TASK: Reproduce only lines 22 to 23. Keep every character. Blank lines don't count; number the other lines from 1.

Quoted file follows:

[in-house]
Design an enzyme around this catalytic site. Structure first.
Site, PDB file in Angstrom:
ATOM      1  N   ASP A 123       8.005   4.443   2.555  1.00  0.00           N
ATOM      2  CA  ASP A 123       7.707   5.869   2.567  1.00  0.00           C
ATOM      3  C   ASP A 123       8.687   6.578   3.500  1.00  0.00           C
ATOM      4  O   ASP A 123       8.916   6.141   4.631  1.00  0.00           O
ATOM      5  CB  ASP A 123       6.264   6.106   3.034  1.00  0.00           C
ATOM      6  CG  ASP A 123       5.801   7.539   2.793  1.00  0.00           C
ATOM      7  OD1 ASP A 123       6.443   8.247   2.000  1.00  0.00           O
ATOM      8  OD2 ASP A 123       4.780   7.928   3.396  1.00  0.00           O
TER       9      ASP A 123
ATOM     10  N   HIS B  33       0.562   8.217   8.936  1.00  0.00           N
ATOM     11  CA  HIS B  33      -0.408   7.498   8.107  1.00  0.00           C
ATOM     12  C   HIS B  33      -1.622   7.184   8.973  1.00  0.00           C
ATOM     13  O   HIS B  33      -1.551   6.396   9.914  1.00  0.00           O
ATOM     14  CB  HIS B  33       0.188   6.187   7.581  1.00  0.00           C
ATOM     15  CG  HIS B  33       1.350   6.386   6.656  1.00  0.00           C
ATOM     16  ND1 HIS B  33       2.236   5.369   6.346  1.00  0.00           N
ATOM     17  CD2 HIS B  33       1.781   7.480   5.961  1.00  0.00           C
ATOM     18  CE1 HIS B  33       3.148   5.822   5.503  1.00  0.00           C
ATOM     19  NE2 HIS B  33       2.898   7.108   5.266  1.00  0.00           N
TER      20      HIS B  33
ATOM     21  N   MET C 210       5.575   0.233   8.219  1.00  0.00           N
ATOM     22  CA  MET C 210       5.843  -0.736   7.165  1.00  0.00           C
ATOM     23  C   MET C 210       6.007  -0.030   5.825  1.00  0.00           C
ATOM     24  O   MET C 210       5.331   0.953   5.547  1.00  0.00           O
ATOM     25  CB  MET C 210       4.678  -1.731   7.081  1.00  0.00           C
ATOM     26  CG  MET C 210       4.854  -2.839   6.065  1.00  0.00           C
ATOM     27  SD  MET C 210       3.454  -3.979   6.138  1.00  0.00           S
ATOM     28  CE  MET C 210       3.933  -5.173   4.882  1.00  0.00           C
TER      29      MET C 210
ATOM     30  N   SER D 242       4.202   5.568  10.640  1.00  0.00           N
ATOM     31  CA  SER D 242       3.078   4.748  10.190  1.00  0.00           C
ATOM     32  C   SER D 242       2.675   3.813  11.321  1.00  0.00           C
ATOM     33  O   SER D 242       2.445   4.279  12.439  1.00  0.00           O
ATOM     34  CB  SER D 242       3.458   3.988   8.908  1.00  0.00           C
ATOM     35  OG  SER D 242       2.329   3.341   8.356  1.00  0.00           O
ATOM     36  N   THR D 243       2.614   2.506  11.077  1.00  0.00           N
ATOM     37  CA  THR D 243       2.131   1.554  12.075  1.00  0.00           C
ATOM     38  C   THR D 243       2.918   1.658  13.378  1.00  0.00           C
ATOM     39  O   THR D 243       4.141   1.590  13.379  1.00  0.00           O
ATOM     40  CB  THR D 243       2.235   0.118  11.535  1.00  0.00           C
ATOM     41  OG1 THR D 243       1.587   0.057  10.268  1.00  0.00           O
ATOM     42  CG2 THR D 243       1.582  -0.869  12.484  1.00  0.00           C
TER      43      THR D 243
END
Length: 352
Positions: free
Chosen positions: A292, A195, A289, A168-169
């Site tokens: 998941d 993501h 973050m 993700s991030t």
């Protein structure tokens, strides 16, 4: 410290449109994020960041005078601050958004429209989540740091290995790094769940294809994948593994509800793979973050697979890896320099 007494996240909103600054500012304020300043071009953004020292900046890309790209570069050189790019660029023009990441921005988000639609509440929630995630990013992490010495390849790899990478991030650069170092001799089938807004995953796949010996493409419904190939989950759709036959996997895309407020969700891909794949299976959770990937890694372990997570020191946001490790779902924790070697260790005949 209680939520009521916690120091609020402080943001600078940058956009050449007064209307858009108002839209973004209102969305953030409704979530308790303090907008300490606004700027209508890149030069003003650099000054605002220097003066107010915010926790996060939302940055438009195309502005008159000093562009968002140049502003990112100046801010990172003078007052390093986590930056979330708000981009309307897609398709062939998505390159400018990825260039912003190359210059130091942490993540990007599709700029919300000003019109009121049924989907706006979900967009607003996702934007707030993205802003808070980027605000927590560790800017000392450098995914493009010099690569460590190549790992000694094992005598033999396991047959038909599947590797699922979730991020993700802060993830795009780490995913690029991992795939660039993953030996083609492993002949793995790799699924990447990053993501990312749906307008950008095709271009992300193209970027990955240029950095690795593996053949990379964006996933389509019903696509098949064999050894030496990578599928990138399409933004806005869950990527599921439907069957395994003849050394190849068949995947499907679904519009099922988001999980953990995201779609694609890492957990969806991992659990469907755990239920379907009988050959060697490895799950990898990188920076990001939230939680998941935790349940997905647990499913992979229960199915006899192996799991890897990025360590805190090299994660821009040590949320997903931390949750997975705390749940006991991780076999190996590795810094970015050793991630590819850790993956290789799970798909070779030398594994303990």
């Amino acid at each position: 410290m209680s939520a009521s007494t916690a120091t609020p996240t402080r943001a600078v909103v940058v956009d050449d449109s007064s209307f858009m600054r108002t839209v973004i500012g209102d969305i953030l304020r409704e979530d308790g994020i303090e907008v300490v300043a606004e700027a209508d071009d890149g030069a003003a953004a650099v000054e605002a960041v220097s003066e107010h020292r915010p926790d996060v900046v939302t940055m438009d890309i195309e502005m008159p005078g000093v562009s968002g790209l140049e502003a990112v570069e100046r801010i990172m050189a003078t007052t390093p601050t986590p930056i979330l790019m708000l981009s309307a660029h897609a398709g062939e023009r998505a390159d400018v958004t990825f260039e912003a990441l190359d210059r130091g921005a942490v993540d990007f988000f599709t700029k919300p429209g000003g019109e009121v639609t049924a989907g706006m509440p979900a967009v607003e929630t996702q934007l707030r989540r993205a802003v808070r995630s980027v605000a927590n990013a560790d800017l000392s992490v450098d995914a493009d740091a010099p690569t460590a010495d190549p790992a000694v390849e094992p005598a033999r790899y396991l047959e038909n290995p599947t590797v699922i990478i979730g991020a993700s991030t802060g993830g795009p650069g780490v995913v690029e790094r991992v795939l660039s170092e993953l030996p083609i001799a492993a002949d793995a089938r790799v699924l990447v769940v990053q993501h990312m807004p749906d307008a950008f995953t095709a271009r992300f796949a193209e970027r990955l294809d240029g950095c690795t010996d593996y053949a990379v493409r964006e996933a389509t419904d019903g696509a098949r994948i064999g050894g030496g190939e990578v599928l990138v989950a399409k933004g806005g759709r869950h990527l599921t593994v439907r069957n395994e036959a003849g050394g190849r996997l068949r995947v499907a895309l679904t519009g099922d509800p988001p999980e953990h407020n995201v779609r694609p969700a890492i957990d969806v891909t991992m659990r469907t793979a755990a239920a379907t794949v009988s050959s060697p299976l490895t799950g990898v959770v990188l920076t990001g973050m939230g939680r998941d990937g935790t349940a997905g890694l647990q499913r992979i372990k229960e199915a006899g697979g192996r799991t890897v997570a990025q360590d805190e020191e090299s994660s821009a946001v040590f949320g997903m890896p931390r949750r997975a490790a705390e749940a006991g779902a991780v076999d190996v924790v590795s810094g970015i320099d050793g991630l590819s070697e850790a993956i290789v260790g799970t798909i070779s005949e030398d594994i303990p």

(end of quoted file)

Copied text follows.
ATOM     19  NE2 HIS B  33       2.898   7.108   5.266  1.00  0.00           N
TER      20      HIS B  33